When looking for the right tool to expand business, it’s important to consider the cost vs. benefit of adding the tool and service. Beyond the initial expense, consider potential revenue, maintenance costs and required employee training. In the concrete business, a walk-behind curbing machine could be the perfect solution.
Nearly every business is experiencing fluctuating staffing demands. Not only can supplementing your workforce with temporary workers give you access to potential talent with skills you may not have access to otherwise, but it might also help you save money during your slower times.
Benefits include improvement in productivity, scaling your crew, leveraging specialized expertise, testing out workers, and reducing overhead costs.
Nexii Building Solutions, a green construction technology company that designs and manufactures high-performance buildings and green building products, plans on developing a new manufacturing plant in Pittsburg, Penn. The development will be headed by Trinity Sustainable Solutions, which is composed of Nexii, Craig Rippole (president of Trinity Commerical Development) and the actor Michael Keaton.
This will mark the sixth plant for Nexii, but the second location in the U.S.
Soon after the initial offering of “ACI Specialty Commercial/Industrial Concrete Flatwork Finisher/Technician” in 2008, specifiers for big-box stores and other commercial/industrial facilities began to require that flatwork crews have at least one ACI commercial/industrial-certified finisher. In the more than 13 years since, requirements for certified personnel have grown significantly. For example, one of the largest online retailers, who previously required the use of ACI flatwork finishers, has added a requirement for ACI commercial/industrial flatwork finishers on every project.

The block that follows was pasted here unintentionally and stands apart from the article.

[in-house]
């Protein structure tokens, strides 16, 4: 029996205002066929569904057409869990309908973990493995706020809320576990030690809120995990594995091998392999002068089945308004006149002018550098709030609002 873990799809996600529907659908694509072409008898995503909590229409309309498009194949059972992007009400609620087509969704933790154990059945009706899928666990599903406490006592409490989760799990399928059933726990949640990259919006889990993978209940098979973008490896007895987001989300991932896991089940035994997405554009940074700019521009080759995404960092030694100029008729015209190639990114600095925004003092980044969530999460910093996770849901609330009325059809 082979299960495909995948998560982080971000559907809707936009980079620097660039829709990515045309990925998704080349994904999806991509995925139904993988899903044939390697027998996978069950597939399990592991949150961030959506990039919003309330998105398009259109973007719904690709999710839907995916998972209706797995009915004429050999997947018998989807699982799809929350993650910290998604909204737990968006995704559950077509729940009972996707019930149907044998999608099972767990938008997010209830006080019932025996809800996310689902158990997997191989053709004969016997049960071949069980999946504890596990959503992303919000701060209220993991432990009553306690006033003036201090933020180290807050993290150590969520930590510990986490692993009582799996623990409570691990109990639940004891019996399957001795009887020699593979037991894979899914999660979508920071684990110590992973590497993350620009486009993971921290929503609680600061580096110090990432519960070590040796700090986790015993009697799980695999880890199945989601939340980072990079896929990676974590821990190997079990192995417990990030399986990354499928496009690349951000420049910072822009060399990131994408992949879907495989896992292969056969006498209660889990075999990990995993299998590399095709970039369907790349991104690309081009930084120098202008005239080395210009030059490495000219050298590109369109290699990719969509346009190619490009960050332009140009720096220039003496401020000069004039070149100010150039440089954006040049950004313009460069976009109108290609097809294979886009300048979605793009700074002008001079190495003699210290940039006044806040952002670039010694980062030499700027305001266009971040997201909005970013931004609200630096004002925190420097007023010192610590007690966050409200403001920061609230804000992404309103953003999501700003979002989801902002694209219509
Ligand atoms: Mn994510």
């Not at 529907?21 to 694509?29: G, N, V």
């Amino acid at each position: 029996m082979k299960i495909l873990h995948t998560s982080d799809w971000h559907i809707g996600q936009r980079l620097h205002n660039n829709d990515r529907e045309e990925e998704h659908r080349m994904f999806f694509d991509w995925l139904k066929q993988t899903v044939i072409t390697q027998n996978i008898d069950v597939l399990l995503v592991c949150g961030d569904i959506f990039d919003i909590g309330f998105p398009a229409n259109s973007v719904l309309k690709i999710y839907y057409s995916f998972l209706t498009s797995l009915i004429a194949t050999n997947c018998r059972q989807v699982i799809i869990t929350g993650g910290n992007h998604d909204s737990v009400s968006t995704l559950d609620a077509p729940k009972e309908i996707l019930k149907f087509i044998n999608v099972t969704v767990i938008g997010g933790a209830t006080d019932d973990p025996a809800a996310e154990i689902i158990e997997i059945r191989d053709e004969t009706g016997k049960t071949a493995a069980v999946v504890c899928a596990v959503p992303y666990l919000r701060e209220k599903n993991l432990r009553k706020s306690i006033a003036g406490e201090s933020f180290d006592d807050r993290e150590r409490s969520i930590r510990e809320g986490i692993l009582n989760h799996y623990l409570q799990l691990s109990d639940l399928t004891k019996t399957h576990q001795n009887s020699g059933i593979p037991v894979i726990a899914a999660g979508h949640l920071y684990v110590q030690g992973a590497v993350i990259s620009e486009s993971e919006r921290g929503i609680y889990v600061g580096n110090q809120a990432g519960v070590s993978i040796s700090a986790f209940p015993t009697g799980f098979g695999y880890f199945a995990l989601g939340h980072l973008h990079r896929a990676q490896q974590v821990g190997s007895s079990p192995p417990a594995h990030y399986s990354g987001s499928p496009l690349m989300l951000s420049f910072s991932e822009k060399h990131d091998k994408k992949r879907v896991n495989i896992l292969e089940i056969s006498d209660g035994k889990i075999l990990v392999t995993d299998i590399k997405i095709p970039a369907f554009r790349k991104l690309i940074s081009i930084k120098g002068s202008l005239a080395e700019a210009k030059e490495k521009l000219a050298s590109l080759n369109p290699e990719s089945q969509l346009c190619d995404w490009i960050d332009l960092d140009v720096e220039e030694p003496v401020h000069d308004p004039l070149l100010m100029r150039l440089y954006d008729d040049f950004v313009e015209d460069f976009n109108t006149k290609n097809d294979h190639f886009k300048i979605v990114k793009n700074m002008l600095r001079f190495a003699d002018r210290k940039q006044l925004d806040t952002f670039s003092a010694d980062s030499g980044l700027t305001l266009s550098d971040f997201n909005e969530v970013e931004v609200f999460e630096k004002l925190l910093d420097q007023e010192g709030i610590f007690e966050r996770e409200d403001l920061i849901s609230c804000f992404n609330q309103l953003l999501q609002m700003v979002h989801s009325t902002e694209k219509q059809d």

Considering that the retailer has more buildings currently under construction than any other private entity—with over 200 in the U.S. alone—this represents a great increase in demand for ACI-certified flatwork specialists. In many of these facilities, there are thousands of robots, whose efficient operation depends on extremely high-quality concrete floors with respect to flat and level floor tolerances as well as minimal cracking and defects. Shutting a facility down for floor repairs is not acceptable.
Arizona DOT knew the state’s concrete highways were designed to offer a long life of structural stability. The department realized that if they could use the underlying PCC, making improvements to its original tined surface that would result in a quiet and rideable roadway, the rehabilitated roadways might last a lot longer while requiring much less maintenance than asphalt.
The outlook of the pilot suggests a $3.9 billion reduction in maintenance costs over a 30-year period.